TRAVERSE CITY, Mich. -- Europe and China are phasing in aggressive carbon dioxide emissions reduction standards that will force automakers to cut levels by a third in 2030. The United States is not on board.
But Uwe Grebe, executive vice president of global business development for Austrian engineering firm AVL List, recommends that the North American industry nonetheless design the region's vehicles to meet more stringent regulations or risk falling behind global competitors.
"In order to be competitive, automakers must focus on global C02 regulations," Grebe told an audience Wednesday at the Management Briefing Seminars here. "We need to take care that the U.S. industry does not fall short by focusing on local requirements. The focus must be on global."
While Europe and China are phasing in new rules, the U.S. has proposed improving fuel efficiency just 3.7 percent a year from 2022 to 2026.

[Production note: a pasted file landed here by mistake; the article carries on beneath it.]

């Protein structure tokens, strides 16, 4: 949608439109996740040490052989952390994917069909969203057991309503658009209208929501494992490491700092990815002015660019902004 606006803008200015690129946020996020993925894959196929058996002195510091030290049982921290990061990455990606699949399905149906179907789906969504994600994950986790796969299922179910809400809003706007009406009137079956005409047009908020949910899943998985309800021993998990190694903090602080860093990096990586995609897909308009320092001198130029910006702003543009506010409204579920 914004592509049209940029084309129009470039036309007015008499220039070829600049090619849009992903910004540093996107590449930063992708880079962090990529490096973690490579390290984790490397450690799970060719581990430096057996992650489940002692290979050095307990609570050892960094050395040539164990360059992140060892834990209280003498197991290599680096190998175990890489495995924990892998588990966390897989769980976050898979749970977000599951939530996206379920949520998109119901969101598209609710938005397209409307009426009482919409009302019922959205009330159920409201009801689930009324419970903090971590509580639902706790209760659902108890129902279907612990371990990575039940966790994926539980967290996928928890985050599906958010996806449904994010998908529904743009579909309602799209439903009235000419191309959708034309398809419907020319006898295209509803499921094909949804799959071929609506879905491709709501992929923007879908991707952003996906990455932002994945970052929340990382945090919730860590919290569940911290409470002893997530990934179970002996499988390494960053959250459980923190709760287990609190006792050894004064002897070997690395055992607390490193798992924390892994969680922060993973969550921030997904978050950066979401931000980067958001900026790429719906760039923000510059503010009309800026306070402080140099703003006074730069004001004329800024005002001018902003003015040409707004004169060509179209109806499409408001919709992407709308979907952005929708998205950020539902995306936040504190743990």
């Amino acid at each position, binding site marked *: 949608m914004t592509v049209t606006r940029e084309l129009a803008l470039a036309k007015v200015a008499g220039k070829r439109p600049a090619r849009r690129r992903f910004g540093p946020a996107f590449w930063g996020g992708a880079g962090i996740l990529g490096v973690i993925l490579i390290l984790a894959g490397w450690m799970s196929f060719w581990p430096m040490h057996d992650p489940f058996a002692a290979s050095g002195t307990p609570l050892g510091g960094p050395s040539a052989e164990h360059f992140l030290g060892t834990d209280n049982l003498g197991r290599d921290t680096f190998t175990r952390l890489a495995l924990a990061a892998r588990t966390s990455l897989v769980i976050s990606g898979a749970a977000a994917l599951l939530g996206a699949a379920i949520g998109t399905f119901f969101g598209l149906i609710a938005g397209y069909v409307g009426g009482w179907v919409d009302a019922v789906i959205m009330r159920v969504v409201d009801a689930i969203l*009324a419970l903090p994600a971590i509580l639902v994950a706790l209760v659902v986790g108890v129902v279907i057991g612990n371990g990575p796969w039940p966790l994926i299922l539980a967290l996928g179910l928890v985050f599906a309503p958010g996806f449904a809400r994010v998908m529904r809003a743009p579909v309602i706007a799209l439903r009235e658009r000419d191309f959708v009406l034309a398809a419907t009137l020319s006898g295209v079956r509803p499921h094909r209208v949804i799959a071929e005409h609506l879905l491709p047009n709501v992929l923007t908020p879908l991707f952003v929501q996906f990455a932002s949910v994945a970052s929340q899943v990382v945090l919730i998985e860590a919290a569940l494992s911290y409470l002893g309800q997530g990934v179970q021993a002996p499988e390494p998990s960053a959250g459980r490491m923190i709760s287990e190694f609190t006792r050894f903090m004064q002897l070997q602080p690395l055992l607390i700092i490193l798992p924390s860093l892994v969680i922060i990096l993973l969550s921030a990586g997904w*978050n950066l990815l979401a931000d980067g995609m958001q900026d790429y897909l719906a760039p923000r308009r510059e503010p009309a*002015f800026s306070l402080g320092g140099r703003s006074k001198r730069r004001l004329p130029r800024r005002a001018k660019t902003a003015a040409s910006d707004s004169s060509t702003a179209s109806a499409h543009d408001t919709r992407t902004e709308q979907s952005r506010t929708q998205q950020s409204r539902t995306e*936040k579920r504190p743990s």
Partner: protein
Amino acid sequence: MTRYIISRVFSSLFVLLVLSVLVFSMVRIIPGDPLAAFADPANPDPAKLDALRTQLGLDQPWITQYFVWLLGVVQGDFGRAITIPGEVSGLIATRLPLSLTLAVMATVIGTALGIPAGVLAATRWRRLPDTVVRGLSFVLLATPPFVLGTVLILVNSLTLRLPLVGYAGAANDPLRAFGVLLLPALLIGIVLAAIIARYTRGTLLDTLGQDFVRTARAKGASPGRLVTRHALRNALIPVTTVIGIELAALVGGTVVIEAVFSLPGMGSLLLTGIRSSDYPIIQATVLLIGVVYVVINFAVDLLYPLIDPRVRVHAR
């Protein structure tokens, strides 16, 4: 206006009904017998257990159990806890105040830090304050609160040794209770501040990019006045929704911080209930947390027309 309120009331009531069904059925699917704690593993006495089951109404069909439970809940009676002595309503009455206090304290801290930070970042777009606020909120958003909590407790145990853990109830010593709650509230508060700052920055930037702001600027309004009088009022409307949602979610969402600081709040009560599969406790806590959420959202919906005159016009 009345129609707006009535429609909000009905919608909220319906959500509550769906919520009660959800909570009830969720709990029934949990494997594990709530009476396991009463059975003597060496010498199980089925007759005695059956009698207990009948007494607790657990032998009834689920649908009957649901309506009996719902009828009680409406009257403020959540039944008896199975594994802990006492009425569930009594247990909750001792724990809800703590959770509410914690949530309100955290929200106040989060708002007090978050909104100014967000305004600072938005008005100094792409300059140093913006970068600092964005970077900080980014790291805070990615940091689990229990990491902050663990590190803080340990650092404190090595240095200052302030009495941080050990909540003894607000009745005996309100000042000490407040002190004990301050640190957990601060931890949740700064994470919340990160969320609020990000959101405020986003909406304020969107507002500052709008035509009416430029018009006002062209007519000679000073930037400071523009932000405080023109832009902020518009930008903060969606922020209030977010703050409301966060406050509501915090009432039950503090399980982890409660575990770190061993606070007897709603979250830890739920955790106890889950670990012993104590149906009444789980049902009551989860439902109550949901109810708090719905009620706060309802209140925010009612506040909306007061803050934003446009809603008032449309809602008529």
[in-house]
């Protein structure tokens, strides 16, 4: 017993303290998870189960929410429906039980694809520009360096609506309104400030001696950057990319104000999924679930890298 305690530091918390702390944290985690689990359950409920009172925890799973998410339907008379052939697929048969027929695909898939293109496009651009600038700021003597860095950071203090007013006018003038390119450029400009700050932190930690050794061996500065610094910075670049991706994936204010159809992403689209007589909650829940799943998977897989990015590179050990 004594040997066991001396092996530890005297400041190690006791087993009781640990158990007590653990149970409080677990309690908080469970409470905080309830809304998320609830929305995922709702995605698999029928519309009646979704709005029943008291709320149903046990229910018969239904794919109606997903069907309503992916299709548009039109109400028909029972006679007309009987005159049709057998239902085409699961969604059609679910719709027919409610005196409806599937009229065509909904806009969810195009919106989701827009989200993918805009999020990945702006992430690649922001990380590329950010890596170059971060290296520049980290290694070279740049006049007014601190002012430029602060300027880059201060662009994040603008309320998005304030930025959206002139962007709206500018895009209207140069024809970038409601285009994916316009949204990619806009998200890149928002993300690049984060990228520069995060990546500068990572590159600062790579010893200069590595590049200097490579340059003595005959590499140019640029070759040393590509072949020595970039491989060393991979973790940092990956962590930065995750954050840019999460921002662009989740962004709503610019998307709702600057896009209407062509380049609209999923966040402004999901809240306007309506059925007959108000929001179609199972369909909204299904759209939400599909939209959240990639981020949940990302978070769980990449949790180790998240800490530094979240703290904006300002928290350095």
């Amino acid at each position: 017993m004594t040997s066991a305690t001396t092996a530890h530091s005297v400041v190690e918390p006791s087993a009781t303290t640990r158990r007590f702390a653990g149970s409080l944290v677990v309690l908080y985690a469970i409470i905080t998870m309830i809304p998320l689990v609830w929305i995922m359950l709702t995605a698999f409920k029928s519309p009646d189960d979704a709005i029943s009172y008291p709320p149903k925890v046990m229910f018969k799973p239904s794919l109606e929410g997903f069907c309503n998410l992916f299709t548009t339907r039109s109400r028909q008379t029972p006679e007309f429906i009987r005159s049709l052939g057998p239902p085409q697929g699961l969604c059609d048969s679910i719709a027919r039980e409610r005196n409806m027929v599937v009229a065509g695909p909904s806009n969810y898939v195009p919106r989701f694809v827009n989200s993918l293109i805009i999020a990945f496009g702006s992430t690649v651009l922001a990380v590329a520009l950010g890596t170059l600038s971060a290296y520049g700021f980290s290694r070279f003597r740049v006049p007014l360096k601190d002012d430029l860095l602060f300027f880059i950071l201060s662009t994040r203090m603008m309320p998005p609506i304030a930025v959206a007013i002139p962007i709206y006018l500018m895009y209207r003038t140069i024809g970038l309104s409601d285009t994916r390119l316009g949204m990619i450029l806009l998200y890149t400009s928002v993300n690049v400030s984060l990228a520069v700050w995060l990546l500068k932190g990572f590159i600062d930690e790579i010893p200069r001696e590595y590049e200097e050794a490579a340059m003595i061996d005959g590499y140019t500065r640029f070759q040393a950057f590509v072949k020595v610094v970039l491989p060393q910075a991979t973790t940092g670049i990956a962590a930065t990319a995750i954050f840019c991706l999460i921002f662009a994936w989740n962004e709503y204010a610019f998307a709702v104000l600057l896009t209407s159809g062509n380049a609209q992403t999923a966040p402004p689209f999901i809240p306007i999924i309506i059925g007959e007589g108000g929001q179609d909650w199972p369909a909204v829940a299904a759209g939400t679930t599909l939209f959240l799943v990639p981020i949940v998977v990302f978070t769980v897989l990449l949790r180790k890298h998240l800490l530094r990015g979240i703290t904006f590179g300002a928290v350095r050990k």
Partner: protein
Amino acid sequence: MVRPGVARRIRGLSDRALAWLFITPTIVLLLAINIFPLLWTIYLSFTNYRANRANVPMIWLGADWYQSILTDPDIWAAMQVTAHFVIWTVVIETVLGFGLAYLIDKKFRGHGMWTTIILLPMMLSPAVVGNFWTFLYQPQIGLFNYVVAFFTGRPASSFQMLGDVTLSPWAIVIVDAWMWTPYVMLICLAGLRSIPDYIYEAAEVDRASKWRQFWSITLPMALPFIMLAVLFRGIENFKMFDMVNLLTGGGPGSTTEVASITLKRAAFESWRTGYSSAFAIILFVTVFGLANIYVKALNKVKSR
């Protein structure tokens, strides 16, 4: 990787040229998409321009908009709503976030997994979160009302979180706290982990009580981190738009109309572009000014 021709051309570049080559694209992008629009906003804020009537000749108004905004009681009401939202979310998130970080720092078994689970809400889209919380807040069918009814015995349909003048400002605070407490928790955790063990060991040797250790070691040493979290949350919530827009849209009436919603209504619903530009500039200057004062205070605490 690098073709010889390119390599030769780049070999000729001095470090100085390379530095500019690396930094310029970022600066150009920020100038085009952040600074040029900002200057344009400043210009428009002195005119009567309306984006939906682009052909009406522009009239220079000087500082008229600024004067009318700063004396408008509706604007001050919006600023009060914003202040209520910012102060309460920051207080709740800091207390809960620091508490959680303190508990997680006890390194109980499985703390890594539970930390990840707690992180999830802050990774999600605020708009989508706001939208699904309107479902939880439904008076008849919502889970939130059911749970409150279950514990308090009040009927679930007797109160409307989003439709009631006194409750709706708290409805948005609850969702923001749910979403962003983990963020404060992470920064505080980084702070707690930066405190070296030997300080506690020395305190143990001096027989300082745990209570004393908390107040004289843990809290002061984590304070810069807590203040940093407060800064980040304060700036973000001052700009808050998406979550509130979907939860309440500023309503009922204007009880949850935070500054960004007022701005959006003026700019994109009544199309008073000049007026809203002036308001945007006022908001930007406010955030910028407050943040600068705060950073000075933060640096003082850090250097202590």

Fuel economy is directly related to C02. The more gasoline or diesel fuel a vehicle burns, the more C02 it emits.
European automakers plan to meet those stringent standards by producing more gasoline-electric hybrids and battery-electric vehicles. Volkswagen, for instance, has budgeted $50 billion through 2023 to produce electric vehicles, the first of which are arriving at dealerships. Every vehicle in the Jaguar Land Rover fleet will have an electrified powertrain option after next year.
But without similar regulatory pressure here, Grebe believes the domestic auto industry might lose its technical edge.
Grebe sees potential for hydrogen fuel cell powered vehicles to help reduce CO2 emissions. They are faster to refuel and could be cost-competitive with battery-electric vehicles.
Grebe said, "Battery and fuel cell technologies complement each other and both will be in the market in the future."
Editor's note: An earlier version of this story misstated the country where AVL List is based.